“The data strongly suggest that very good years in the U.S. stock market are followed by more good years.” -Barry Ritholtz
This is where the big boys come out to play in the sun.
If you were to look at a chart here, you would see it moving up nicely. The money is flowing in. The market is warming up and people are getting excited.
The chart would be in a clear UPTREND.
Volatility is low. Prices are not moving wildly up and down, mostly just…up. It almost looks like a staircase to heaven.
Volume is picking up as the money comes in. People watch the news or talk to friends and get excited about investing money.
The Bulls are on the loose and the Bears are running scared.
Eventually it becomes a feeding frenzy. The excitement builds into euphoria. All the “experts” come out of the woodwork, many of which first started investing this very summer.
People are taking out loans to invest, mortgaging their house, investing their student loans or even their kid’s college tuition into the markets. They might even be investing their last $100 in the hopes of hitting it big.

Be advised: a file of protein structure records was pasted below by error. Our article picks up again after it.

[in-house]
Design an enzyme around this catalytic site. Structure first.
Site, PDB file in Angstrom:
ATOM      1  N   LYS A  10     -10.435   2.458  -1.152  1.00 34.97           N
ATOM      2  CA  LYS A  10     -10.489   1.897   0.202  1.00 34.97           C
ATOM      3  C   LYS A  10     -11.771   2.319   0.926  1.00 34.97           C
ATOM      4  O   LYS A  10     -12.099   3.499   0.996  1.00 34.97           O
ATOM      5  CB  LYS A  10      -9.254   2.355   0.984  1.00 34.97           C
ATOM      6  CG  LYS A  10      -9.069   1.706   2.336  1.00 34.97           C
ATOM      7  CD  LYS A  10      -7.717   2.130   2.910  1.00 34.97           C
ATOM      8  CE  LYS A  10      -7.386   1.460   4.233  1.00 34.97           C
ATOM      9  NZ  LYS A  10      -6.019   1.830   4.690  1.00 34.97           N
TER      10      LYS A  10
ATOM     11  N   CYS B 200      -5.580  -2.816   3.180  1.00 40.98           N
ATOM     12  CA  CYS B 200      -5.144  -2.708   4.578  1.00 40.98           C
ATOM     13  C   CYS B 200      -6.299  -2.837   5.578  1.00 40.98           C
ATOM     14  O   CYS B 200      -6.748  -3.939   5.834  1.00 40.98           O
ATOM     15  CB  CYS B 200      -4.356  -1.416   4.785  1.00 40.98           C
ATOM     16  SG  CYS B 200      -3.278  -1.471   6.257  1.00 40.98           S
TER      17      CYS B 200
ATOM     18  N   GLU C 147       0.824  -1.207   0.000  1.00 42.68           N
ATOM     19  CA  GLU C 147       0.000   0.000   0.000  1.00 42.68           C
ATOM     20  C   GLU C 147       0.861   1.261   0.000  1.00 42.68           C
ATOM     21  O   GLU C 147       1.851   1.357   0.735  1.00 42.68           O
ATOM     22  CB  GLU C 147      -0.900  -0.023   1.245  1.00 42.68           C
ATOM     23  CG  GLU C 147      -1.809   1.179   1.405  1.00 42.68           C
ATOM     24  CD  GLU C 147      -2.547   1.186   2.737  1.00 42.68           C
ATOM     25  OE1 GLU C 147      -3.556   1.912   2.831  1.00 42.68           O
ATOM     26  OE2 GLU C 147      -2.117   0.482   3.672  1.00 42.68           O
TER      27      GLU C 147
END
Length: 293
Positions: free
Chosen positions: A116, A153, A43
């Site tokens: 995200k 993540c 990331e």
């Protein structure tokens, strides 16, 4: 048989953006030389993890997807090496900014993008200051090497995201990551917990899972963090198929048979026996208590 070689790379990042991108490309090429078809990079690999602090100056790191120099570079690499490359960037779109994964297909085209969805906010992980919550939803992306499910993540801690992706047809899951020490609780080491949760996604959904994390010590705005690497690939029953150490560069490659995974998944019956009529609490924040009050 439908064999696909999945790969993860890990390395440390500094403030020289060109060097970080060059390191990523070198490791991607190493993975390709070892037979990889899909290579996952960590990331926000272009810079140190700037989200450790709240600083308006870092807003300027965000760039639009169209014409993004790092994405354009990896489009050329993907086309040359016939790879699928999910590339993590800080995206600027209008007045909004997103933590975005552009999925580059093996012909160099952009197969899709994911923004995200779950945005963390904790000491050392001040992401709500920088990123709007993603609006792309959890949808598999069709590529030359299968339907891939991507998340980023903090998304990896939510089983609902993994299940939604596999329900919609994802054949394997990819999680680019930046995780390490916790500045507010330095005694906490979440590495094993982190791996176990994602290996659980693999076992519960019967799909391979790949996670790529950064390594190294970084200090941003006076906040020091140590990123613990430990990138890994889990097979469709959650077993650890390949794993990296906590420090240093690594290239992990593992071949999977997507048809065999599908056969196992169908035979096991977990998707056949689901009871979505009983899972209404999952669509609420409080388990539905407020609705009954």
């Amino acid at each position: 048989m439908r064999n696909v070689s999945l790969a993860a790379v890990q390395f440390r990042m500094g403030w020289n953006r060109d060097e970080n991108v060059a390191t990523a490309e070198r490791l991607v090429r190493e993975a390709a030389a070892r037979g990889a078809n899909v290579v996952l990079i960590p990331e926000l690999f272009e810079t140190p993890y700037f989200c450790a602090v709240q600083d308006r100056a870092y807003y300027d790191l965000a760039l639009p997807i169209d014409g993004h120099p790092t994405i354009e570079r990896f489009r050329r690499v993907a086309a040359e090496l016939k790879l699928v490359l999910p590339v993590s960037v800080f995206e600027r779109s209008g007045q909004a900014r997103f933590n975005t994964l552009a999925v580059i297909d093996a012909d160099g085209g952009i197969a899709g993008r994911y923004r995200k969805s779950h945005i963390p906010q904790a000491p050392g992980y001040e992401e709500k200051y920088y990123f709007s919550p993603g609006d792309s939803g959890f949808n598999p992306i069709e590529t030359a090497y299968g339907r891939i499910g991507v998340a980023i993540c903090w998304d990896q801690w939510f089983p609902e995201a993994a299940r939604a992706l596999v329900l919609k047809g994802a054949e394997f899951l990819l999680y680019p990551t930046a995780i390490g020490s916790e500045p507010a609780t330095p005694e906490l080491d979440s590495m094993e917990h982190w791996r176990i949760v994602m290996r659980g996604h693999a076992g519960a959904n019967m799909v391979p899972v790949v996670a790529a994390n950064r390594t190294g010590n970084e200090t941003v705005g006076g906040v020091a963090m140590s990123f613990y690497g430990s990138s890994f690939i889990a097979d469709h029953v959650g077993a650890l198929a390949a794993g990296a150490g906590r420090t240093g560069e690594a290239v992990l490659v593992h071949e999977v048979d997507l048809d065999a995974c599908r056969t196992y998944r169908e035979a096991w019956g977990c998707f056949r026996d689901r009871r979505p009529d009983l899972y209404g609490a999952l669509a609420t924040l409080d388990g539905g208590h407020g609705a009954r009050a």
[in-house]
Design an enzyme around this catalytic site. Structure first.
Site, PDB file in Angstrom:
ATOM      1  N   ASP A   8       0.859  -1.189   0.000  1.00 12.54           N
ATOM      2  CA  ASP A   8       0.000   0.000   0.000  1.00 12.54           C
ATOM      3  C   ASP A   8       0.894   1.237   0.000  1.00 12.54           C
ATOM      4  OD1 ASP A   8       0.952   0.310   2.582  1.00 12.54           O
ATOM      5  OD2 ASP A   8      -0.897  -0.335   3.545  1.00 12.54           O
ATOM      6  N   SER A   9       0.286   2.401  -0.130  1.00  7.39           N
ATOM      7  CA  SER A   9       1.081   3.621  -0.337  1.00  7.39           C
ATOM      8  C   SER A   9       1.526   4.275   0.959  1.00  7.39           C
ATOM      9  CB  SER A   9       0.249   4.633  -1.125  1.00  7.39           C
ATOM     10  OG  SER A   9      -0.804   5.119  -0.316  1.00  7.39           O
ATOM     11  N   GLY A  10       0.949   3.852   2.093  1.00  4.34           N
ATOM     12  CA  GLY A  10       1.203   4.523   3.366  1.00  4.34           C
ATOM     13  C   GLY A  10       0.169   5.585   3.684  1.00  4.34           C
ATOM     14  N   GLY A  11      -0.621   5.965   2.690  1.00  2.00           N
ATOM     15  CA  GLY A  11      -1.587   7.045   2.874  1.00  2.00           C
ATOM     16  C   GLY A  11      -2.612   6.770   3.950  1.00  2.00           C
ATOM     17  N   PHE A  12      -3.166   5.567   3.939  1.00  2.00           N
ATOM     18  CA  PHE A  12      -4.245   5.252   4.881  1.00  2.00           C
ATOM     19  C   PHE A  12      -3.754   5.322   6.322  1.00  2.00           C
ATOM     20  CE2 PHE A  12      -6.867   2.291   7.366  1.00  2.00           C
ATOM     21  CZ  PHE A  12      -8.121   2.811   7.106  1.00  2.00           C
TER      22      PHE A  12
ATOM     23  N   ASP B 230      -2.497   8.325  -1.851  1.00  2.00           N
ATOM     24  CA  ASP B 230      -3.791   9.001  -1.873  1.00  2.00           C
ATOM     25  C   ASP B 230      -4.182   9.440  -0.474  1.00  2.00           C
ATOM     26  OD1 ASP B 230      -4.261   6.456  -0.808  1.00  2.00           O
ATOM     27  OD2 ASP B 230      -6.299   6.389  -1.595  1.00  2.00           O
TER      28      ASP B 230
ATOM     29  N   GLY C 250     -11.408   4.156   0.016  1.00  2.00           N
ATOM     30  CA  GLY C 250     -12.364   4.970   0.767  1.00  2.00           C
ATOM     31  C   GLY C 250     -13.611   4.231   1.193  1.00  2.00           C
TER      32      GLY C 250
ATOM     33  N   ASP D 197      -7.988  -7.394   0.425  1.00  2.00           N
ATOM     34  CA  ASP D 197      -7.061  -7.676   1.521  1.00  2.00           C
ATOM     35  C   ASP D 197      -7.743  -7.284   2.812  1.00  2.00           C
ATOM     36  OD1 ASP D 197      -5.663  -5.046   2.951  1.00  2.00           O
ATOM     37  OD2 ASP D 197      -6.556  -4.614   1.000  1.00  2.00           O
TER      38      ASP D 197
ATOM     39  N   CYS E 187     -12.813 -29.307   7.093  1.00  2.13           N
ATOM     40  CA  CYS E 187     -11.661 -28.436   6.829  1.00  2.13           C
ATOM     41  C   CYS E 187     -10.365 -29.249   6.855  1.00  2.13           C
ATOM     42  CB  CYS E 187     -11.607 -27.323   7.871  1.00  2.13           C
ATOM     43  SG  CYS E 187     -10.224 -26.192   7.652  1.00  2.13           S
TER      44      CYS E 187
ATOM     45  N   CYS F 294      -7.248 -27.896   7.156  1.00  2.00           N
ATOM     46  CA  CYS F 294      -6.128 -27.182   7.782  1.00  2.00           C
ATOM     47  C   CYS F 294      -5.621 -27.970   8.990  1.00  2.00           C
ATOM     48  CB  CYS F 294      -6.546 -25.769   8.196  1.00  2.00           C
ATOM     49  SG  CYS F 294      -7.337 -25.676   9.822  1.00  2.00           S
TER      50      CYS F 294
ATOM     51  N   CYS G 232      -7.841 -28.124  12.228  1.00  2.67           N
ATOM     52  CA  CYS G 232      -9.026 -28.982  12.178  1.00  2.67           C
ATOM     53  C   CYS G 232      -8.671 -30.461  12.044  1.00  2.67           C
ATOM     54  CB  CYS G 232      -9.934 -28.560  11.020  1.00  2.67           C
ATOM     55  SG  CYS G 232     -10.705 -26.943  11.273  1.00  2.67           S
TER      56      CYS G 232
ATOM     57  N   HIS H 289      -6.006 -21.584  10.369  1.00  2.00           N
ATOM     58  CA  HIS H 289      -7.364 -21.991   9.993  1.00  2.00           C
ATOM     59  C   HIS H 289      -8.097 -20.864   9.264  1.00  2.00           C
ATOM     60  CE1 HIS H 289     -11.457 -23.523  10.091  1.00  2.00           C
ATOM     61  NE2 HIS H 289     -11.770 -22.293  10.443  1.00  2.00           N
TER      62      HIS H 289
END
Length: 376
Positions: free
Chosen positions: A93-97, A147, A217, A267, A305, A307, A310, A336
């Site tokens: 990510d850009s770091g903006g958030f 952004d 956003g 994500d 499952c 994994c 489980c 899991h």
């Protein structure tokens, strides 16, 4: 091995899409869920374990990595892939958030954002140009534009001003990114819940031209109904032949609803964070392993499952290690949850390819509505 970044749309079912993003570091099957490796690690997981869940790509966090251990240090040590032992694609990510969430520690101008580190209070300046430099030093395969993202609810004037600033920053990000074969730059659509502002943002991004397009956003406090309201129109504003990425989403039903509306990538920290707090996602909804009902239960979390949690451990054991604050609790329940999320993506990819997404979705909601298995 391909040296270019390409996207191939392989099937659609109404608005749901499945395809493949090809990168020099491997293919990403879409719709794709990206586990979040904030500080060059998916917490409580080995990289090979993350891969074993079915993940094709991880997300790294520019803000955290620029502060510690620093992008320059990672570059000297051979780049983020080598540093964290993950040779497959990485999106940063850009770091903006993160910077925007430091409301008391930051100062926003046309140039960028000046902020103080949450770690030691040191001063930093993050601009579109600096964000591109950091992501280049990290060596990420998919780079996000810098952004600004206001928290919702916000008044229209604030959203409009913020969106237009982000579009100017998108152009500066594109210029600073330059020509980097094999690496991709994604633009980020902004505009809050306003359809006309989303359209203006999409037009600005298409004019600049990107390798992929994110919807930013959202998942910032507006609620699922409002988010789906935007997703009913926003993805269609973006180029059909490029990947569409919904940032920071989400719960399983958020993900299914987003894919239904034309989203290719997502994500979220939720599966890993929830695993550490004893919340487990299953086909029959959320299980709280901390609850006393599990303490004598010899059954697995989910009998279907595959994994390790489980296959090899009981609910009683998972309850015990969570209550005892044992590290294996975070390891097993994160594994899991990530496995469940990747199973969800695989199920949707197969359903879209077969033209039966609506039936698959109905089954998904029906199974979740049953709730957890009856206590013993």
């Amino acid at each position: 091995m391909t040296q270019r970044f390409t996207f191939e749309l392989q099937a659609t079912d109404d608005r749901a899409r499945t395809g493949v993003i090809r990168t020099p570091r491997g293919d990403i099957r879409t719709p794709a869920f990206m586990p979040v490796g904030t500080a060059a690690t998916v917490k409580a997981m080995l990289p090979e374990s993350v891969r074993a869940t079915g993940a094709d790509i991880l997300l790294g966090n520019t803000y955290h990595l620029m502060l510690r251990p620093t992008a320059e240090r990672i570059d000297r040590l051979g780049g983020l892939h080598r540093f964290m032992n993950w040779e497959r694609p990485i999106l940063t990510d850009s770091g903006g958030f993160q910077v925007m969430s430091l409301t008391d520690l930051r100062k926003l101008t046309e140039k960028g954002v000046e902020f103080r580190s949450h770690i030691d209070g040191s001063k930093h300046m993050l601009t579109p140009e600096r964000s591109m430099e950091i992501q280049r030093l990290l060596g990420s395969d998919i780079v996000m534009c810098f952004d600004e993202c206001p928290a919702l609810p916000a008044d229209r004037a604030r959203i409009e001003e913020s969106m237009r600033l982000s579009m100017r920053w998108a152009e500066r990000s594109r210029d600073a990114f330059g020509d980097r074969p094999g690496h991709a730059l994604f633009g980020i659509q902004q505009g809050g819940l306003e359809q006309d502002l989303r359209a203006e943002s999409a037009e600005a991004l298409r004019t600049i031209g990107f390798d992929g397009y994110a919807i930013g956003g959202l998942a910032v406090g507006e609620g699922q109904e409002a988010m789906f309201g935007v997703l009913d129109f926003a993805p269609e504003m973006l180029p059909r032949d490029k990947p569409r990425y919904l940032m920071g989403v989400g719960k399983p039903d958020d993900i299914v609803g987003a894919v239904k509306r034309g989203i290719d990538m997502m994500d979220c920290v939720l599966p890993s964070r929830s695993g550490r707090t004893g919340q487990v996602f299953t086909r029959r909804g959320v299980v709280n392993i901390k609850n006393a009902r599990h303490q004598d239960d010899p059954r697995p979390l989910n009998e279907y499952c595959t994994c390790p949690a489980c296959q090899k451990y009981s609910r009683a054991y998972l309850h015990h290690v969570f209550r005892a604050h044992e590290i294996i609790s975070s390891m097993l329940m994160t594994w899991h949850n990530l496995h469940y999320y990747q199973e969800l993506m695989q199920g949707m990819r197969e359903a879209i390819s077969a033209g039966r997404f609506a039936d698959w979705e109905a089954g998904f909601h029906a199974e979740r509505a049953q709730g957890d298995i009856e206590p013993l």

As the dog days of summer drag on and it turns into Indian summer, the price starts to go from warm to HOT.
The general consensus is that it will never end. Or at least that “I will be long out of the market before it does!” But it’s hard to exit a market that’s making so much money isn’t it? Especially if all you’ve ever known, is the warm summer sun.
It’s really moving up now. If you were to look at a chart, it would look PARABOLIC.
The Bulls are now rampaging through the streets, goring and trampling any Bears they see into submission. Any attempted shorts get liquidated and any Bear is killed on sight.
This is when skilled traders know, summer might be coming to an end and fall is probably around the corner.